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On 4 September, protesters gathered in front of the Swiss Embassy on Wireless Road for a planned march to the King Vajiravudh statue in Lumpini Park to call for monarchy reform, the resignation of Prime Minister General Prayut Chan-o-cha, the immediate rollout of quality vaccines and a social welfare for all.

Protester gather at Ratchaprasong Intersection on Saturday afternoon.

The protest was organised by local activist group Restart Democracy (Redem) in advance of Saturday’s no-confidence debate, which left Prime Minister Prayut and five government ministers in office, despite signs that some of coalition MPs may have voted against them.


Ahead of the protest, police officers cut the routes between the Swiss Embassy and Lumpini Park. Ratchadamri and Wireless Roads were both blocked by rows of shipping containers and crowd control police. 

Police officers also blocked traffic on Rama 1 Road between the Chaloem Pao and Ratchaprasong Intersections. Meanwhile, a police checkpoint set up on Sathorn Road searched passing motorcycles and other vehicles.

Lumpini Park was surrounded with metal fencing and police officers. Soi Ton Son and Lang Suan Road were closed.

With the routes to Lumpini Park blocked, protesters marched from Phloenchit to the Ratchaprasong Intersection, where they encountered razor wire and crowd control police. 

iLaw reports that protesters then called upon the police to let them march to the German Embassy. Denied the opportunity to move forward, they headed in several directions. 

One group on motorcycles tried to turn onto Ratchaprarop Road but were blocked by two police trucks. Some protesters threw objects at the trucks while another group moved towards Din Daeng Intersection, which was no longer blocked by containers.  At this stage, a commotion arose and the bangs of fireworks and small explosions were heard.  Police responded by firing tear gas in front of the Royal Thai Army Band headquarters.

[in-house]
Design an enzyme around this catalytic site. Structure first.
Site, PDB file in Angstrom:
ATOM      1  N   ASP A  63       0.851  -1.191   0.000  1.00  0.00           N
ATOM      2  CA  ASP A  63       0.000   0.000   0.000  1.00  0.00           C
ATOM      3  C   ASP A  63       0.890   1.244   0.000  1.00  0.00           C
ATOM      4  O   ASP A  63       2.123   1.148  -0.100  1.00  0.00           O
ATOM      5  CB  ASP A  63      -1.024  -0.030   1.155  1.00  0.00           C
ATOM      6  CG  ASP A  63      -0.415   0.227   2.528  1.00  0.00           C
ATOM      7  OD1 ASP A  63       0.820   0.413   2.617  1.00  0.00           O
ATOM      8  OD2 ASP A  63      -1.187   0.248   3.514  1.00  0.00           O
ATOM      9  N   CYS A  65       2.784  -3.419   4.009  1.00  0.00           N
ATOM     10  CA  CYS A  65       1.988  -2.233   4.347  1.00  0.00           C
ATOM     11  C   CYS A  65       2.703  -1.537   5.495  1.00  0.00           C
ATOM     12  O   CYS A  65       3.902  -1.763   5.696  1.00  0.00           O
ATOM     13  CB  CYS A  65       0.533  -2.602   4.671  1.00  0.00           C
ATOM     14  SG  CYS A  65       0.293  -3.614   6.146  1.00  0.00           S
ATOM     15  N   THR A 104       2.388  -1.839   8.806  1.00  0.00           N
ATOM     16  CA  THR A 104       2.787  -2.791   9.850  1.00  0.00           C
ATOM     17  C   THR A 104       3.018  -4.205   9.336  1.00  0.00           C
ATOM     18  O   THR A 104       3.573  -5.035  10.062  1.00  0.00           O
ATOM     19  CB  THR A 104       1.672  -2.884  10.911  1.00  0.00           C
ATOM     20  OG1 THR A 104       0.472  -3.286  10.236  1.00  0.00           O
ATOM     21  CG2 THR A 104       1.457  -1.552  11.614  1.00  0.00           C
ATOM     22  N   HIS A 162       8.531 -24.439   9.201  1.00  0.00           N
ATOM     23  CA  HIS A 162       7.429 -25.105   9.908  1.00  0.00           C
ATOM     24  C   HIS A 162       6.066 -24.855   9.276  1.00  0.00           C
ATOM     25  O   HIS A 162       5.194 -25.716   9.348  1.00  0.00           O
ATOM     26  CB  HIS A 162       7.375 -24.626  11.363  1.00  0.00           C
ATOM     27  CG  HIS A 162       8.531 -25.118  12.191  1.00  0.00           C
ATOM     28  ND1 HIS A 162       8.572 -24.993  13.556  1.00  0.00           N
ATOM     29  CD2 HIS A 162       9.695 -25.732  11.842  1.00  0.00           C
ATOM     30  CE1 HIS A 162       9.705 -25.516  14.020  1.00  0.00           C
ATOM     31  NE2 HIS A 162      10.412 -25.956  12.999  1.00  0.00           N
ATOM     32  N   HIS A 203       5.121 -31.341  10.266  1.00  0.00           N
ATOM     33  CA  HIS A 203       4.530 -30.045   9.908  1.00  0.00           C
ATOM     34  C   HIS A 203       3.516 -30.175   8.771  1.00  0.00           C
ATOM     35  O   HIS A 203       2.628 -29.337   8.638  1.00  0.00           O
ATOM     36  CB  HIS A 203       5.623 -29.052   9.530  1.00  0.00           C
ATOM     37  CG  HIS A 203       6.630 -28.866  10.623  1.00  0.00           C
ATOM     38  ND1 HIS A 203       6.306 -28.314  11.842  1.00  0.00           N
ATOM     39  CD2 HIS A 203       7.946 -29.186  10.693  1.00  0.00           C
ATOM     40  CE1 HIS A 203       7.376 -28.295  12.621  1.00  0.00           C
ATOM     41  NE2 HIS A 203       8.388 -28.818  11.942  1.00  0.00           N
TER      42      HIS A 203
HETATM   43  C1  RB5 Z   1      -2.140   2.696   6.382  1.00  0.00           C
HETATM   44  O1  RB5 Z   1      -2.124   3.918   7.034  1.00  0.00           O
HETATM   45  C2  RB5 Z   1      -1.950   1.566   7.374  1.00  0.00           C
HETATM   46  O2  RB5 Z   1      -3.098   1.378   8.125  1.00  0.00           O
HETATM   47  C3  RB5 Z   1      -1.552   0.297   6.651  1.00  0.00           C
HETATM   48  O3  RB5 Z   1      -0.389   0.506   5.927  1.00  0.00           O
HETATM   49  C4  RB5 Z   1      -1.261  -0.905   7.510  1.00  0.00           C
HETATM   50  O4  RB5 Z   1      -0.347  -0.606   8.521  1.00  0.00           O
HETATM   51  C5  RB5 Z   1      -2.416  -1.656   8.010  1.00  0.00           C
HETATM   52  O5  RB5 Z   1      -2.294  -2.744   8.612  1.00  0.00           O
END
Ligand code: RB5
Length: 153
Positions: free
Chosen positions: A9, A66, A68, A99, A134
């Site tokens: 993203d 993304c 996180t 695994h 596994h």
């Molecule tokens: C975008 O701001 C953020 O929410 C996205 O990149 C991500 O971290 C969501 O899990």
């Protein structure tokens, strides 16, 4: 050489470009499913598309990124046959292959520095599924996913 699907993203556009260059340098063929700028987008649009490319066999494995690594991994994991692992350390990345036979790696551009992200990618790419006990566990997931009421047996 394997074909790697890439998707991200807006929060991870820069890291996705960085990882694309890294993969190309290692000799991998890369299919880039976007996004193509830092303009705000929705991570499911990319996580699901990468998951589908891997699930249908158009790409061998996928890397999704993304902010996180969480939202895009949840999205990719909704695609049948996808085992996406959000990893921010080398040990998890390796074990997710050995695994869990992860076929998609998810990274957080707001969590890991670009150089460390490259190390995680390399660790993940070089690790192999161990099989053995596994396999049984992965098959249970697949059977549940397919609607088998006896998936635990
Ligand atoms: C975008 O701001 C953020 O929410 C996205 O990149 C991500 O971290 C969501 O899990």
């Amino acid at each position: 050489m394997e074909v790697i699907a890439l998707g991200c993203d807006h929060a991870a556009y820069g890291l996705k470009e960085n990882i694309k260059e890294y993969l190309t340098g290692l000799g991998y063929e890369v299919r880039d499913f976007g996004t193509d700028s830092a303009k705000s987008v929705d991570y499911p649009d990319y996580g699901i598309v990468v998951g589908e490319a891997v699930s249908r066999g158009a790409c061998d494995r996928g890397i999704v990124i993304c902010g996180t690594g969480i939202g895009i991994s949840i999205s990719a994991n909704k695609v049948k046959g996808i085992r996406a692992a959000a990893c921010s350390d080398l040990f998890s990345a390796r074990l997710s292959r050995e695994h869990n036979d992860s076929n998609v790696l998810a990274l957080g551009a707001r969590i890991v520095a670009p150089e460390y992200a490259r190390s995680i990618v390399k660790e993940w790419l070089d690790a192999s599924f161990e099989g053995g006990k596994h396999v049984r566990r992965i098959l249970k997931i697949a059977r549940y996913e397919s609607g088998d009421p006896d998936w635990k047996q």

The mass of protesters withdrew towards Ratchathewi and the activity concluded around 6 PM, after a vinyl banner calling for monarchy reform was hung from a footbridge above the Pratunam Intersection, an area close to Ratchaprasong Intersection, where the Crown Property Bureau owns large plots of land.

As for the outcome of the censure debate, General Prayut received 264 votes to 208 with 3 abstentions, the lowest showing of support he has ever received.  He did only slightly better than Labour Minister Suchart Chomklin from Palang Pracharat Party (PPRP), with 263 to 201 and 10 abstentions.

Deputy Prime Minister and Public Health Minister Anutin Charnvirakul of the Bhumjaithai Party received 269 votes to 196 with 11 abstentions. Transport Minister Saksayam Chidchob, another  Bhumjaithai Party member, received 269 votes to 195 votes and 10 abstentions.

Agriculture Minister Chalermchai Sri-on of the Democrat Party won the most votes, 270 to 199 with 8 abstentions while Chaiwut Thanakamanusorn, the PPRP’s new Minister for Digital Economy and Society, received 267 votes to 202 with nine abstentions.

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